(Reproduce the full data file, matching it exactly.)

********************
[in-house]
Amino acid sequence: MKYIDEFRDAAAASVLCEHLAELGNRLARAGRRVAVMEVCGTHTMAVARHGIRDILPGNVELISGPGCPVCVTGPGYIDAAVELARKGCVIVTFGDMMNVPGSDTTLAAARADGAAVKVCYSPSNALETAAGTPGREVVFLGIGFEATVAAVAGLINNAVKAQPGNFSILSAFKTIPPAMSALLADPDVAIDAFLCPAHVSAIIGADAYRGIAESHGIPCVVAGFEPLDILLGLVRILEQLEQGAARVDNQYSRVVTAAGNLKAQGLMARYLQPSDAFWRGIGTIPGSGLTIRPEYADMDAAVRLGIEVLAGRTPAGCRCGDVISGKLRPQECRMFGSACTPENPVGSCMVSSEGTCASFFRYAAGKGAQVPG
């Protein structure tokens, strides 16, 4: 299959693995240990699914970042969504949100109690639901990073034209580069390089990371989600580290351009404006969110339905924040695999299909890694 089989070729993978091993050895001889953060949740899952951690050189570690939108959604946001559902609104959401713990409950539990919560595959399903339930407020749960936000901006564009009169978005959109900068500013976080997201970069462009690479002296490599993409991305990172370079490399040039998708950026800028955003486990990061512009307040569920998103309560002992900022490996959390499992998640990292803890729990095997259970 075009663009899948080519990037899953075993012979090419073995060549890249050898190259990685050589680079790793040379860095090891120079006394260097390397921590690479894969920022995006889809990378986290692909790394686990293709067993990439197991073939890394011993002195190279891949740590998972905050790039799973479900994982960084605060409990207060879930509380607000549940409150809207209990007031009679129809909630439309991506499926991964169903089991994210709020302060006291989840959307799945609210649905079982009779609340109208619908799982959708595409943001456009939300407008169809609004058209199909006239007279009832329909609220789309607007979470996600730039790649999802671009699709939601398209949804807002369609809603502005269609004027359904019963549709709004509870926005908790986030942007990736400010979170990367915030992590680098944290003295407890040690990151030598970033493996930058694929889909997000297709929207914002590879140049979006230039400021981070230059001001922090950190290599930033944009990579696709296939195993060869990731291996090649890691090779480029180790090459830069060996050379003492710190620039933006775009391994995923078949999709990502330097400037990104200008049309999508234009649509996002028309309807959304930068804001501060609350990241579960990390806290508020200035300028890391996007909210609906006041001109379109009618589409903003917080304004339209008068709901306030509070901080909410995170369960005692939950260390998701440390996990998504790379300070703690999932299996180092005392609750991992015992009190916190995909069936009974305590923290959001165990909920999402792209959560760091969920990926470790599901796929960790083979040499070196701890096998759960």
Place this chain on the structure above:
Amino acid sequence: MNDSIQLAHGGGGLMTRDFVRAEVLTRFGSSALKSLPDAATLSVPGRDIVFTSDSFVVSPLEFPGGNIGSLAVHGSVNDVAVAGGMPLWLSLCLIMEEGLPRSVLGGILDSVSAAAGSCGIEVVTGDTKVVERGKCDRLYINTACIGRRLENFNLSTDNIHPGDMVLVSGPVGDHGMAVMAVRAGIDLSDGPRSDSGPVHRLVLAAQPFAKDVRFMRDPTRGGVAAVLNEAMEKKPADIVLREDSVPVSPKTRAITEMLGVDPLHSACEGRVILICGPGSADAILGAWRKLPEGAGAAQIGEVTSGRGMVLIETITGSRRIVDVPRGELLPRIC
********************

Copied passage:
[in-house]
Amino acid sequence: MKYIDEFRDAAAASVLCEHLAELGNRLARAGRRVAVMEVCGTHTMAVARHGIRDILPGNVELISGPGCPVCVTGPGYIDAAVELARKGCVIVTFGDMMNVPGSDTTLAAARADGAAVKVCYSPSNALETAAGTPGREVVFLGIGFEATVAAVAGLINNAVKAQPGNFSILSAFKTIPPAMSALLADPDVAIDAFLCPAHVSAIIGADAYRGIAESHGIPCVVAGFEPLDILLGLVRILEQLEQGAARVDNQYSRVVTAAGNLKAQGLMARYLQPSDAFWRGIGTIPGSGLTIRPEYADMDAAVRLGIEVLAGRTPAGCRCGDVISGKLRPQECRMFGSACTPENPVGSCMVSSEGTCASFFRYAAGKGAQVPG
């Protein structure tokens, strides 16, 4: 299959693995240990699914970042969504949100109690639901990073034209580069390089990371989600580290351009404006969110339905924040695999299909890694 089989070729993978091993050895001889953060949740899952951690050189570690939108959604946001559902609104959401713990409950539990919560595959399903339930407020749960936000901006564009009169978005959109900068500013976080997201970069462009690479002296490599993409991305990172370079490399040039998708950026800028955003486990990061512009307040569920998103309560002992900022490996959390499992998640990292803890729990095997259970 075009663009899948080519990037899953075993012979090419073995060549890249050898190259990685050589680079790793040379860095090891120079006394260097390397921590690479894969920022995006889809990378986290692909790394686990293709067993990439197991073939890394011993002195190279891949740590998972905050790039799973479900994982960084605060409990207060879930509380607000549940409150809207209990007031009679129809909630439309991506499926991964169903089991994210709020302060006291989840959307799945609210649905079982009779609340109208619908799982959708595409943001456009939300407008169809609004058209199909006239007279009832329909609220789309607007979470996600730039790649999802671009699709939601398209949804807002369609809603502005269609004027359904019963549709709004509870926005908790986030942007990736400010979170990367915030992590680098944290003295407890040690990151030598970033493996930058694929889909997000297709929207914002590879140049979006230039400021981070230059001001922090950190290599930033944009990579696709296939195993060869990731291996090649890691090779480029180790090459830069060996050379003492710190620039933006775009391994995923078949999709990502330097400037990104200008049309999508234009649509996002028309309807959304930068804001501060609350990241579960990390806290508020200035300028890391996007909210609906006041001109379109009618589409903003917080304004339209008068709901306030509070901080909410995170369960005692939950260390998701440390996990998504790379300070703690999932299996180092005392609750991992015992009190916190995909069936009974305590923290959001165990909920999402792209959560760091969920990926470790599901796929960790083979040499070196701890096998759960």
Place this chain on the structure above:
Amino acid sequence: MNDSIQLAHGGGGLMTRDFVRAEVLTRFGSSALKSLPDAATLSVPGRDIVFTSDSFVVSPLEFPGGNIGSLAVHGSVNDVAVAGGMPLWLSLCLIMEEGLPRSVLGGILDSVSAAAGSCGIEVVTGDTKVVERGKCDRLYINTACIGRRLENFNLSTDNIHPGDMVLVSGPVGDHGMAVMAVRAGIDLSDGPRSDSGPVHRLVLAAQPFAKDVRFMRDPTRGGVAAVLNEAMEKKPADIVLREDSVPVSPKTRAITEMLGVDPLHSACEGRVILICGPGSADAILGAWRKLPEGAGAAQIGEVTSGRGMVLIETITGSRRIVDVPRGELLPRIC